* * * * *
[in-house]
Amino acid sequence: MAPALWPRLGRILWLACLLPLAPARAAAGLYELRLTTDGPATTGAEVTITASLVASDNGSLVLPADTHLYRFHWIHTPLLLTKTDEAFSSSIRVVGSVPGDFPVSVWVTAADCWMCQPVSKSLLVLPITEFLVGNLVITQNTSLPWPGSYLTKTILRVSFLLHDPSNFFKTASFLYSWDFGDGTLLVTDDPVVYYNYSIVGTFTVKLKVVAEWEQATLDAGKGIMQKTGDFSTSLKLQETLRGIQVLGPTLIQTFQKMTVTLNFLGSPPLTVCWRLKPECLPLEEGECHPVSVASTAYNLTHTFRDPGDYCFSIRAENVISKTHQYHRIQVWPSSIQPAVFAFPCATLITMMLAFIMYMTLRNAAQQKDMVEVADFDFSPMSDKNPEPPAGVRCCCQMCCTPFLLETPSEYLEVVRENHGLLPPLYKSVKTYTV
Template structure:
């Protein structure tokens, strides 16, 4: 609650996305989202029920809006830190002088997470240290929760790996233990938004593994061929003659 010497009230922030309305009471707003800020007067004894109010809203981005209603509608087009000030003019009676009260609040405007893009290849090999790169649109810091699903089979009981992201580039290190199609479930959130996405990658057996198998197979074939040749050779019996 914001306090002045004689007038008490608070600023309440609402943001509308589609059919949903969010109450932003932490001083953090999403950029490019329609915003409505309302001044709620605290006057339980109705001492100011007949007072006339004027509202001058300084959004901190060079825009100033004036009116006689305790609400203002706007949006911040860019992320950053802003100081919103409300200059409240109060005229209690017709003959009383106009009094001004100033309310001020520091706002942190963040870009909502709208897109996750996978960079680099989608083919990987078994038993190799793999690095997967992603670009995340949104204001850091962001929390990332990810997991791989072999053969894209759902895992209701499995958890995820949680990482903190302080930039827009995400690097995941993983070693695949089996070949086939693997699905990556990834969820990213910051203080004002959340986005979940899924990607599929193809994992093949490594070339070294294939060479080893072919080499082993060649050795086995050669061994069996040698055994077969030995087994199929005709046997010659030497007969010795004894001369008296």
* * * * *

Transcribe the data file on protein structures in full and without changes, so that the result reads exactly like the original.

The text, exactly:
[in-house]
Amino acid sequence: MAPALWPRLGRILWLACLLPLAPARAAAGLYELRLTTDGPATTGAEVTITASLVASDNGSLVLPADTHLYRFHWIHTPLLLTKTDEAFSSSIRVVGSVPGDFPVSVWVTAADCWMCQPVSKSLLVLPITEFLVGNLVITQNTSLPWPGSYLTKTILRVSFLLHDPSNFFKTASFLYSWDFGDGTLLVTDDPVVYYNYSIVGTFTVKLKVVAEWEQATLDAGKGIMQKTGDFSTSLKLQETLRGIQVLGPTLIQTFQKMTVTLNFLGSPPLTVCWRLKPECLPLEEGECHPVSVASTAYNLTHTFRDPGDYCFSIRAENVISKTHQYHRIQVWPSSIQPAVFAFPCATLITMMLAFIMYMTLRNAAQQKDMVEVADFDFSPMSDKNPEPPAGVRCCCQMCCTPFLLETPSEYLEVVRENHGLLPPLYKSVKTYTV
Template structure:
């Protein structure tokens, strides 16, 4: 609650996305989202029920809006830190002088997470240290929760790996233990938004593994061929003659 010497009230922030309305009471707003800020007067004894109010809203981005209603509608087009000030003019009676009260609040405007893009290849090999790169649109810091699903089979009981992201580039290190199609479930959130996405990658057996198998197979074939040749050779019996 914001306090002045004689007038008490608070600023309440609402943001509308589609059919949903969010109450932003932490001083953090999403950029490019329609915003409505309302001044709620605290006057339980109705001492100011007949007072006339004027509202001058300084959004901190060079825009100033004036009116006689305790609400203002706007949006911040860019992320950053802003100081919103409300200059409240109060005229209690017709003959009383106009009094001004100033309310001020520091706002942190963040870009909502709208897109996750996978960079680099989608083919990987078994038993190799793999690095997967992603670009995340949104204001850091962001929390990332990810997991791989072999053969894209759902895992209701499995958890995820949680990482903190302080930039827009995400690097995941993983070693695949089996070949086939693997699905990556990834969820990213910051203080004002959340986005979940899924990607599929193809994992093949490594070339070294294939060479080893072919080499082993060649050795086995050669061994069996040698055994077969030995087994199929005709046997010659030497007969010795004894001369008296």